This morning's edition of the Washington Post includes coverage of Israel's crackdown on nonviolent protest against its occupation and apartheid policies in East Jerusalem and the West Bank:
"Israel is arresting a growing number of prominent opponents to its policies toward the Palestinians, say critics who are accusing the government of trying to crush legitimate dissent. In the most high-profile case yet, Jerusalem police detained the leader of a leading Israeli human rights group during a vigil against the eviction of Palestinian families whose homes were taken by Jewish settlers."The "leader of a leading Israeli human rights group" mentioned is Hagai Elad, the head of the Association for Civil Rights in Israel who was arrested recently in a protest against house evictions and settlement expansion in the East Jerusalem neighborhood of Sheikh Jarrah. The article also highlights the recent release of anti-Wall activists and boycott, divestment, sanctions (BDS) proponents Jamal Juma' and Mohammad Othman, and the continuing detention of Bil'in anti-Wall leader Abdallah Abu Rahmah:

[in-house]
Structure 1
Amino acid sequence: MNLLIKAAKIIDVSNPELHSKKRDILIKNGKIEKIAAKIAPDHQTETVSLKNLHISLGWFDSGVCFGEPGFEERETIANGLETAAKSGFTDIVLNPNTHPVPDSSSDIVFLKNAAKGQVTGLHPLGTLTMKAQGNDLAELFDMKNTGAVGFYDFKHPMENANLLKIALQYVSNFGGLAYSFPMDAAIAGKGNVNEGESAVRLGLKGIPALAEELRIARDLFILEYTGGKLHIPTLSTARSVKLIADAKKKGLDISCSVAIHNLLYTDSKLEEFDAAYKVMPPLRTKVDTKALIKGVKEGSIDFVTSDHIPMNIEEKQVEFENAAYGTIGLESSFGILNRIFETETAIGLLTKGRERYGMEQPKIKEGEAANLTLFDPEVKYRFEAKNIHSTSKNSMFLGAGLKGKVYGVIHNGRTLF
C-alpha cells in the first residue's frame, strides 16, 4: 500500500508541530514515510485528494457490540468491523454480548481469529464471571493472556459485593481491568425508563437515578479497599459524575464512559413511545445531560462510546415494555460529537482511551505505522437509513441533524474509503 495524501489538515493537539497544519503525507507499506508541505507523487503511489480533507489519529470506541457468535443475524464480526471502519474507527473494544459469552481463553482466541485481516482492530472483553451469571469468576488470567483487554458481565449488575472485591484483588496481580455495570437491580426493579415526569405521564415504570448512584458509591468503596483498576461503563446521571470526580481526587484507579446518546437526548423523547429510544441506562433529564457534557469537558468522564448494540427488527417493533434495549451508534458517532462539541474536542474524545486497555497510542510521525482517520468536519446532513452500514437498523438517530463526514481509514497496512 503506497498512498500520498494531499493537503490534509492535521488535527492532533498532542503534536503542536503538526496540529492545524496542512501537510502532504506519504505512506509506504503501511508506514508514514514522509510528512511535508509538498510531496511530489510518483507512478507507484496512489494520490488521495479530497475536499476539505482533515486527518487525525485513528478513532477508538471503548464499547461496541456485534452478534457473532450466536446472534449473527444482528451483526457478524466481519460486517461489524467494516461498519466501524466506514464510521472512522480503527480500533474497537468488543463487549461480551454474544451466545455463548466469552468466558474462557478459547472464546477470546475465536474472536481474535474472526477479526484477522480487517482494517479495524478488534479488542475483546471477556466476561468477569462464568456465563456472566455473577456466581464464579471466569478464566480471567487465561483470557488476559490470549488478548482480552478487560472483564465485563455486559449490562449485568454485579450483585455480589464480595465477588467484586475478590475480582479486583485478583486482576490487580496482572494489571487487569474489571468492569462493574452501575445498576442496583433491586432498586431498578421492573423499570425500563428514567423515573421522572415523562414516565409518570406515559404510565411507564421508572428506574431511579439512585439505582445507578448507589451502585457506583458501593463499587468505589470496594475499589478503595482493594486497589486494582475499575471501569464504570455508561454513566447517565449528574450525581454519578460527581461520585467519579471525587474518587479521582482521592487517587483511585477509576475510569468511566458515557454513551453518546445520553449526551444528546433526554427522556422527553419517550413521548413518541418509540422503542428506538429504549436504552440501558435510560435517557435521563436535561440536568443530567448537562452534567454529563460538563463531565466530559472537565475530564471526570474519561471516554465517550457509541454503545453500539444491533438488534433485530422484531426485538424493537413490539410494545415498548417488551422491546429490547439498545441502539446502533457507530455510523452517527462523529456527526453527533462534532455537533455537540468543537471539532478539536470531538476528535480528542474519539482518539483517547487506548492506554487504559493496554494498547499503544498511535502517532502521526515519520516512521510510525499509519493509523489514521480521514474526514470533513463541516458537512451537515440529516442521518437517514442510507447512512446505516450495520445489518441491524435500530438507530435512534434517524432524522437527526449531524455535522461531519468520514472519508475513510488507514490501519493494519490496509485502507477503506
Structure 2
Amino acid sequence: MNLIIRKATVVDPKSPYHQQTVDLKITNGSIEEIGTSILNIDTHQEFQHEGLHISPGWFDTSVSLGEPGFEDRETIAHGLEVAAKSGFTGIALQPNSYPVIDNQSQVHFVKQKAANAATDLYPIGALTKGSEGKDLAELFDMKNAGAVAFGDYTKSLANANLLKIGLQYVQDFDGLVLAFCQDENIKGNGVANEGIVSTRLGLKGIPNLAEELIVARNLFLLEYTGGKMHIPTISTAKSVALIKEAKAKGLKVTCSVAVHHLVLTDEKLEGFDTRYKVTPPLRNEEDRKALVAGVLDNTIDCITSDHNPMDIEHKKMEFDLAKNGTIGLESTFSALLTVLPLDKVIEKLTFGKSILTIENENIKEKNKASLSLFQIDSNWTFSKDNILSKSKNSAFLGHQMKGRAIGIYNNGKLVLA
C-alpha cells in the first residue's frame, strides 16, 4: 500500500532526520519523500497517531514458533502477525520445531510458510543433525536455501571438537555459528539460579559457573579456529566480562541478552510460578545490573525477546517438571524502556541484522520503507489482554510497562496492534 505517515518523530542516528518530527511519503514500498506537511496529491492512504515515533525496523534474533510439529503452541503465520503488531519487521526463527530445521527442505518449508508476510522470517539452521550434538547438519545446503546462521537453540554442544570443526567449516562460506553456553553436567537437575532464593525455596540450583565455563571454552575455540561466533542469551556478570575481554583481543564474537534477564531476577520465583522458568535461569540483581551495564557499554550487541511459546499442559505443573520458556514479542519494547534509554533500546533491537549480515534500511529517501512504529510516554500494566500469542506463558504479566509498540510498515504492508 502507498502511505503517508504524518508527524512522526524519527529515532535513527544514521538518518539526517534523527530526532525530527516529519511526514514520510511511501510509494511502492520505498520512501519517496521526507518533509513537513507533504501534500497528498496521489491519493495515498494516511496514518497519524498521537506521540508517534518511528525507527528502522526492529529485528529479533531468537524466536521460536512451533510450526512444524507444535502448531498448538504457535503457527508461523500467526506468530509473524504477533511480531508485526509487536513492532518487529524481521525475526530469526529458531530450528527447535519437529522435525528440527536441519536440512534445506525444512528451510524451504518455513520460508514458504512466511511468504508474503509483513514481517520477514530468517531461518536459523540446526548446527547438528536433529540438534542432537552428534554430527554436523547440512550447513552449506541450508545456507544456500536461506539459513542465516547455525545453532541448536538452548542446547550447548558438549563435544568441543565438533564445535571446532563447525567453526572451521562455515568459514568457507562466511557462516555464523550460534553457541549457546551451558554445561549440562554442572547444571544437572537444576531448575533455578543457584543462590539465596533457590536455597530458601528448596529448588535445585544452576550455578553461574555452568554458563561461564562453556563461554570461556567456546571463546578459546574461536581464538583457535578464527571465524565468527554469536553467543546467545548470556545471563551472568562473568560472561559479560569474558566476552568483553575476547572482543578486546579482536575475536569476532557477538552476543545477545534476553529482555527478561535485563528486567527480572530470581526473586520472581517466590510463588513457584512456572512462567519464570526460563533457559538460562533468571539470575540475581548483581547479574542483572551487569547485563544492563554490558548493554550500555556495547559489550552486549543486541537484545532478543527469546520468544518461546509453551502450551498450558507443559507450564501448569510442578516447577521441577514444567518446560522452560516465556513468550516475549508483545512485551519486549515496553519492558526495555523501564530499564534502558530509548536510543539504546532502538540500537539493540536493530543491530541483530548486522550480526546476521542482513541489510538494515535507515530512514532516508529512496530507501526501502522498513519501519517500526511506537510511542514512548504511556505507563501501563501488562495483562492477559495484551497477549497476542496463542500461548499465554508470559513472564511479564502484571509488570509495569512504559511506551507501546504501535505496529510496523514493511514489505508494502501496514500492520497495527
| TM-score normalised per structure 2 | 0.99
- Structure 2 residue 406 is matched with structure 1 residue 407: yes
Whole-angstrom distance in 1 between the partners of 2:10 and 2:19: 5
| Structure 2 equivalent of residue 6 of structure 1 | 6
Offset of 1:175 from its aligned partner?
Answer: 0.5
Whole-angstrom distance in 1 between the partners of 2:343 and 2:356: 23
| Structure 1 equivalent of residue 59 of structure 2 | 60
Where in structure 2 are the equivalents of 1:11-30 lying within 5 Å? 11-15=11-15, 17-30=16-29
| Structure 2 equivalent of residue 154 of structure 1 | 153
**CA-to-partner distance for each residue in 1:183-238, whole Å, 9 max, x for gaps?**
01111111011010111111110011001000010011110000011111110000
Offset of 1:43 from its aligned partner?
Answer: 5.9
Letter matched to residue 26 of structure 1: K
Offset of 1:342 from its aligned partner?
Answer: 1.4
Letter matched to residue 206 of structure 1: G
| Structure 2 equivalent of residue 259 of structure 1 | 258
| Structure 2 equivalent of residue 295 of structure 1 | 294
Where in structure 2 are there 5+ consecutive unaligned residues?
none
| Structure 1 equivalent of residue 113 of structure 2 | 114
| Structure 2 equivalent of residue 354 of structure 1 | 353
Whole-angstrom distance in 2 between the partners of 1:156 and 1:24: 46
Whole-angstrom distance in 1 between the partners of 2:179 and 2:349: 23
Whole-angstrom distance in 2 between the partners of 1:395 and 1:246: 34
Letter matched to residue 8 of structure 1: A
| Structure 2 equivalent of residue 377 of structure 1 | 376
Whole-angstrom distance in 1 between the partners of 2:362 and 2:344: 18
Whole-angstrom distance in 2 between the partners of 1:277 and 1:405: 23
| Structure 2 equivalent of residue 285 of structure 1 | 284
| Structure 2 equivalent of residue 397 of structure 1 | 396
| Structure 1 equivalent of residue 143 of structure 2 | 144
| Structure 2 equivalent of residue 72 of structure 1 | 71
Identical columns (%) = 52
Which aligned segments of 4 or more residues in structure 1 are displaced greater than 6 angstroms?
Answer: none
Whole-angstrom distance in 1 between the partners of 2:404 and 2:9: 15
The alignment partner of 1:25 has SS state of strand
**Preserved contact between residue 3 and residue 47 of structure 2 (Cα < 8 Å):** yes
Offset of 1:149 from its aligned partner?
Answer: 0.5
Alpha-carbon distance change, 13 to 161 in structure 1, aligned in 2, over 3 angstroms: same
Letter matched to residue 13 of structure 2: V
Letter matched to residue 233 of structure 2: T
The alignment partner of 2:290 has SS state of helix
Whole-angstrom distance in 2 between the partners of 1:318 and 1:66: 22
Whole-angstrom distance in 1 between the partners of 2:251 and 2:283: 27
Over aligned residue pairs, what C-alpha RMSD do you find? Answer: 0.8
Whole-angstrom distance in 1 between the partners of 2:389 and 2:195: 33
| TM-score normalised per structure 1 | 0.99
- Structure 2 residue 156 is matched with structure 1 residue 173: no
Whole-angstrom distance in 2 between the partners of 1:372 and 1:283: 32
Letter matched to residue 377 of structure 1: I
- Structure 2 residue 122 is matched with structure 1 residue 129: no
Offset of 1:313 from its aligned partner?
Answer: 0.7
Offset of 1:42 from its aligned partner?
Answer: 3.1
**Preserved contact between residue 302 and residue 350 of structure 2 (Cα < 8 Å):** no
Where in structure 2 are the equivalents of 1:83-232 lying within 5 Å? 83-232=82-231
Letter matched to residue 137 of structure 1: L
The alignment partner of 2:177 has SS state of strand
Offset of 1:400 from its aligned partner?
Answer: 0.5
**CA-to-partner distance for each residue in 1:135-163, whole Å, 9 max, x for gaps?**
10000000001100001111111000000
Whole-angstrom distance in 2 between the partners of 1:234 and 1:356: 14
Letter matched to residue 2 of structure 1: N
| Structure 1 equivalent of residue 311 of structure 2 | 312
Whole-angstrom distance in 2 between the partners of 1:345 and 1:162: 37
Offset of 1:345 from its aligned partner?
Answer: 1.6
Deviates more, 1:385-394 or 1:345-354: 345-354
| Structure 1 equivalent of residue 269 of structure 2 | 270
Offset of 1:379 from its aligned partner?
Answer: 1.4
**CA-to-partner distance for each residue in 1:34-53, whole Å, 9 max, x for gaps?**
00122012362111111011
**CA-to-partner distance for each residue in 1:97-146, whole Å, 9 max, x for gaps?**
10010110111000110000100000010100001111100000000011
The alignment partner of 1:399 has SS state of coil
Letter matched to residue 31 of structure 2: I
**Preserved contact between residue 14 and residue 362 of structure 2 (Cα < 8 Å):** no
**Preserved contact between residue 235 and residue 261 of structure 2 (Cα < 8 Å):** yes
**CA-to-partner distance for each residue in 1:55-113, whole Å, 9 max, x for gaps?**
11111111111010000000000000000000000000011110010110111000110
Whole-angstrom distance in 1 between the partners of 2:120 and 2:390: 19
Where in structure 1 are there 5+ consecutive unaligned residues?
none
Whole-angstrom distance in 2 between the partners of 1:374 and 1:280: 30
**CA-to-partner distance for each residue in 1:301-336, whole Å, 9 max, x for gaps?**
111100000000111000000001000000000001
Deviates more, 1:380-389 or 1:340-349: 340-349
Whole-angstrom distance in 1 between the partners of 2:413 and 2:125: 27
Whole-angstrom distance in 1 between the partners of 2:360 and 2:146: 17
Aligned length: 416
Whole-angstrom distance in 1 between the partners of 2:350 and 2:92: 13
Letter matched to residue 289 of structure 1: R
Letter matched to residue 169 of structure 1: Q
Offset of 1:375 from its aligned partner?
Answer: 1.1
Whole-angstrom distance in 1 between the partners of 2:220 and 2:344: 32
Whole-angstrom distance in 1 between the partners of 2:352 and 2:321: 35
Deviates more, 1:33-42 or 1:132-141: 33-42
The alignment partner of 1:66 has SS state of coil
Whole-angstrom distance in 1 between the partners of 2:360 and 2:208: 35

"Schoolteacher Abdullah Abu Rahmeh, a leader of the Bilin protests, has been held since last month on charges of incitement and weapons possession - the latter stemming from spent Israeli tear gas canisters, stun grenades and other munitions he collected to show visitors. Two high-profile Palestinian activists were recently released without being charged. Jamal Juma, coordinator of the Stop The Wall campaign, was held for 17 days. Mohammed Othman, who encourages a boycott against Israel, was released after nearly four months."Mohammad Othman reveals that the constant interrogation he was subjected to focused on his involvement in the international BDS movement:
"Othman, who was arrested upon his return from an advocacy trip to Norway, said he was interrogated almost daily. "The questions focused on the boycott movement, 'How do you work on this and who are your contacts?'" said Othman, 33."The defenders of Israeli occupation and apartheid sure are getting worried about international pressure, especially in the form of BDS. Join the movement that's causing this much nail biting among pro-apartheid forces by clicking here, and find out more about the movement worldwide by clicking here. You can find the Washington Post's letters to the editor policy here, and get tips on writing letters to the editor from our media action resources.